Northern Ireland Marine Bill: Avoiding the Pitfalls

25th May 2012 in Domestic Fisheries Policy

There is much to learn from the experiences of the UK and Scottish Marine Acts in taking account of the needs of fishing communities and the environmental consequences of changing marine use.

That was the message delivered by the NFFO and ANIFPO to the Environment Committee of the Northern Ireland Assembly on 17th May during its scrutiny of draft Marine Bill legislation.

The organisations are seeking a series of amendments to the draft legislation that would strengthen the Bill in the following ways:

Fisheries Displacement

Marine Protected Area (MPA) planning elsewhere in the UK has so far given insufficient attention to the problems of fisheries displacement. Not only is it of concern that the slightest variation in the available knowledge of seabed habitats should potentially overrule livelihood needs in the selection of sites, which has occurred in the selection of some MCZ proposals in English waters, but such selections upon prime areas of fishing ground risk setting in motion fisheries displacement that actually increases pressures upon the marine environment. Displacement considerations need to be upfront in the selection process and not an afterthought.

As a general rule, marine planning should give a presumption in favour to existing activities when considering how to accommodate new activities and there is a strong case for undertaking marine and MCZ planning in tandem.

Whilst such an approach should form a better basis to realise the synergies between marine use and marine protection, government must not abandon its moral obligation to those whose livelihoods would be affected; and to see that they are not disadvantaged when taking decisions that in the worst cases lead to the loss of lifelong careers or heavy costs to coastal communities.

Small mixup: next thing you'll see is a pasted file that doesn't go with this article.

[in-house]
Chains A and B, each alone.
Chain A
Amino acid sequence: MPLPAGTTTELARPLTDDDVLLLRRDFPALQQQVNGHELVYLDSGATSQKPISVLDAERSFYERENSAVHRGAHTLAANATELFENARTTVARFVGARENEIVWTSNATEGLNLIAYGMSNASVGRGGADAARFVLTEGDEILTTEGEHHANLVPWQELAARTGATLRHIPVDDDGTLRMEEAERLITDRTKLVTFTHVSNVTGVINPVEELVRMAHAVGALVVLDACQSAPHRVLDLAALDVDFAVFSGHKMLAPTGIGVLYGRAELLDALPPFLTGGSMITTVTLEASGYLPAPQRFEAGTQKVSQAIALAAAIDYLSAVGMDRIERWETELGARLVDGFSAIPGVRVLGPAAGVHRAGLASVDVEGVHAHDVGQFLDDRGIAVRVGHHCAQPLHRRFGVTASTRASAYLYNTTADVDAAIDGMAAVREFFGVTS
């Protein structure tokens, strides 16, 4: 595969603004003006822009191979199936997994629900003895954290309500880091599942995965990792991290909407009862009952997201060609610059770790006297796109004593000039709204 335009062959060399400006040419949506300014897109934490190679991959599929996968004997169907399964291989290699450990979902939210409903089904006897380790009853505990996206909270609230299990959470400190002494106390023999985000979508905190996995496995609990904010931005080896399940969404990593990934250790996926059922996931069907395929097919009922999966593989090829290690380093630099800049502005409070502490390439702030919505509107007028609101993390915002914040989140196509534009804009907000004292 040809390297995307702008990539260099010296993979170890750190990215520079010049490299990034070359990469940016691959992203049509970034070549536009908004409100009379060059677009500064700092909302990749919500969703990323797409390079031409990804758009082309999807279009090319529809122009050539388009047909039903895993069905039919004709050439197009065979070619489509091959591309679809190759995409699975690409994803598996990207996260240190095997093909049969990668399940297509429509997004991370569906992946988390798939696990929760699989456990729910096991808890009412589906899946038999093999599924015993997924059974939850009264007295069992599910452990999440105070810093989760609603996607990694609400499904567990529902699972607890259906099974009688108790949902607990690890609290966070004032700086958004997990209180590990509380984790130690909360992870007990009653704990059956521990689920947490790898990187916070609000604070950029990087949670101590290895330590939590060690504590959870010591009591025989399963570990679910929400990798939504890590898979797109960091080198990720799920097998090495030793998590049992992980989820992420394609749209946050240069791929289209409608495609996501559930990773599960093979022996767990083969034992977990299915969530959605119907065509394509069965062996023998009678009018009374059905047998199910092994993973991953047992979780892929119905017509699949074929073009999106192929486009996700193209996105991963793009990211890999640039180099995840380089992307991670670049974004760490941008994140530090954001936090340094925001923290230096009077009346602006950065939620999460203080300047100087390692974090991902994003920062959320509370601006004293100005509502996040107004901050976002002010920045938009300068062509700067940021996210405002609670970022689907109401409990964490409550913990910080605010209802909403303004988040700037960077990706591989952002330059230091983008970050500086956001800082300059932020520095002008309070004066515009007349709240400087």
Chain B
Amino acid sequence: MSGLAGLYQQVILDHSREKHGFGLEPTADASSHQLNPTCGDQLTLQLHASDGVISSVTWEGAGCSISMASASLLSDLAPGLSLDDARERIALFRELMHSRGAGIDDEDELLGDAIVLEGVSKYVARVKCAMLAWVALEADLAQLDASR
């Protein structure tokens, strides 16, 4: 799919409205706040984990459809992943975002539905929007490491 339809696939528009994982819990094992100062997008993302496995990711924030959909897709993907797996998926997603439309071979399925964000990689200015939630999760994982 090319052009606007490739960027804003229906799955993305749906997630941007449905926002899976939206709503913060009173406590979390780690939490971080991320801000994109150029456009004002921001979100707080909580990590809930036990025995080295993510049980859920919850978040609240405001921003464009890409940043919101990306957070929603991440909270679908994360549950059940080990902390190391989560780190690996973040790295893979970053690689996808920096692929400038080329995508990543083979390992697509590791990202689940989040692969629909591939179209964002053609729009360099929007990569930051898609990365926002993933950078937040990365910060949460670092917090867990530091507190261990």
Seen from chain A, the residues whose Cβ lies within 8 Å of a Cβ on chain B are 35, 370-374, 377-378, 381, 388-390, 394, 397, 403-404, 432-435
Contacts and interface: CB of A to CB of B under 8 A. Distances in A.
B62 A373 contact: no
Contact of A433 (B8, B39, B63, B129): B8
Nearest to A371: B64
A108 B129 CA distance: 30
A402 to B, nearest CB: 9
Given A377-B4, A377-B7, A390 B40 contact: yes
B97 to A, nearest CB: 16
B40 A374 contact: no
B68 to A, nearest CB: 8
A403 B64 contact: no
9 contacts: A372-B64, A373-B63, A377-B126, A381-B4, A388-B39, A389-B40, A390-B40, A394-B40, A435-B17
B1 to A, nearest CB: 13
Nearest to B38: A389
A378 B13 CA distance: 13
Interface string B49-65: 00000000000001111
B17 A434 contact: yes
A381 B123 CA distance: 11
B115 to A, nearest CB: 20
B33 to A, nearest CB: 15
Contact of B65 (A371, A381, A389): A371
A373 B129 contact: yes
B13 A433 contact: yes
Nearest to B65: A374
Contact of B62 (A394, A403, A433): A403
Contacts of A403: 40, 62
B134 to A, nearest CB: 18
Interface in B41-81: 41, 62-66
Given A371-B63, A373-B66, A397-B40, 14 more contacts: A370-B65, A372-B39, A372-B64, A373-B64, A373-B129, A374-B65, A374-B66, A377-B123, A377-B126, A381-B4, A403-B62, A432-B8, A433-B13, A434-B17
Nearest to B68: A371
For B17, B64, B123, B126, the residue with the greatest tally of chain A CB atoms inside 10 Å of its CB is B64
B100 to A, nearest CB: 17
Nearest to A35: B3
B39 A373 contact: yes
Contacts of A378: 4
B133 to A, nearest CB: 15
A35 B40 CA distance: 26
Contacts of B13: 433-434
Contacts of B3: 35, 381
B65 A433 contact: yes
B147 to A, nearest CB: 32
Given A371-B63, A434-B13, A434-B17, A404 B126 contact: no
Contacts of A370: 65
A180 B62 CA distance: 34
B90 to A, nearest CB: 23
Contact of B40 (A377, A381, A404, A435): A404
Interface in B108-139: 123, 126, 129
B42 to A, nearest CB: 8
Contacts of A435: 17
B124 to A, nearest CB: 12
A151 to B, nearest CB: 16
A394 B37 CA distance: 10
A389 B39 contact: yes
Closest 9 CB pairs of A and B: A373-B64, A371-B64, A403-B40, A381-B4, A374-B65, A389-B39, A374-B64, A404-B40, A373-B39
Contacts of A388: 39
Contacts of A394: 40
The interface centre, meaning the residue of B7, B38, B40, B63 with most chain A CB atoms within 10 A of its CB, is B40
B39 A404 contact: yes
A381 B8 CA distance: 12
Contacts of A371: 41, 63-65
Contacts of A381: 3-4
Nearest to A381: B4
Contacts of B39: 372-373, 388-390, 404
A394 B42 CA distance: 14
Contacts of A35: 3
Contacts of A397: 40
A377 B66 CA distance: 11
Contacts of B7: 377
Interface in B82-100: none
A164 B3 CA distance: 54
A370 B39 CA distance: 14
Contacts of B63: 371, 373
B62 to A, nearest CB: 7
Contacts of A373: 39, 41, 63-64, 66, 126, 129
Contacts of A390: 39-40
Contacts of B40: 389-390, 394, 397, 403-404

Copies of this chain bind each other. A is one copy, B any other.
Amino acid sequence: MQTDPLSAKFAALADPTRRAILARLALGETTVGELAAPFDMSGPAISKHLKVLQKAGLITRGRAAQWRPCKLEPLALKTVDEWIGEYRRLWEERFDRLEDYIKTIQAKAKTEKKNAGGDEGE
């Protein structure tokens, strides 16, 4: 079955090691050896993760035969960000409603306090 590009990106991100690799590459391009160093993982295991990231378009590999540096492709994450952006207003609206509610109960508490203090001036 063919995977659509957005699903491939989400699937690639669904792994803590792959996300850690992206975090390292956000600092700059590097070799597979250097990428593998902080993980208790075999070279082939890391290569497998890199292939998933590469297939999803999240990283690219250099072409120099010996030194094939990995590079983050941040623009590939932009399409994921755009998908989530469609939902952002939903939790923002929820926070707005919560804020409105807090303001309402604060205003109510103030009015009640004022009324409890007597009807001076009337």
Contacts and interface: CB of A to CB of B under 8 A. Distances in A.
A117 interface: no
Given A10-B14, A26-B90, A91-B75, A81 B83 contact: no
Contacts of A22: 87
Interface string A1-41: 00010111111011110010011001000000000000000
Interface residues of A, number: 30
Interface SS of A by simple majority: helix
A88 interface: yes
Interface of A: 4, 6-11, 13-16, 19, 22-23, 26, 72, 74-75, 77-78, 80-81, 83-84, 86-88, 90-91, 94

The general lack of evidence and uncertainty in understanding of natural processes in the marine environment, compared to terrestrial environment, mean that decision-making needs to be flexible and adaptive to the provision of new evidence when it becomes available.


Those affected by marine and MCZ planning should be centrally involved in the planning process, both because they stand to be affected by decisions, and because they often have local scale knowledge that is not otherwise available. There is also a need to strengthen the participation of other departmental bodies who are concerned with the sustainable development of the seas in MCZ planning.

Alan McCulla, Chief Executive of the Anglo-North Irish Fish Producers’ Organisation (ANIFPO) said: "We were able to provide a clear and concise message to the Environment Committee, which on the basis of feedback to date seems to have struck a chord. We are not opposed to MPAs, but as evidence has proven, the creation of such a network will only succeed where it has buy-in from fishermen. In the Irish Sea fishermen from Northern Ireland contribute 80% of the UK's fishing effort in the area, which does not mean that 80% of the area is fished. Rather, given the knowledge possessed by our fishermen it would seem obvious that they should be to the forefront in helping identify areas for the MPA network."

Assistant Chief Executive of the NFFO, Dale Rodmell, said: “The weaknesses of the UK Marine Act have been exposed in the MCZ planning process in England and Wales, something which the NFFO had warned against when that Bill was under scrutiny. Northern Ireland legislators need to avoid the pitfalls by strengthening the Northern Ireland Bill’s framework so that it is at the cutting edge in terms of its understanding of how to best allocate sustainable marine use whilst providing marine protection.”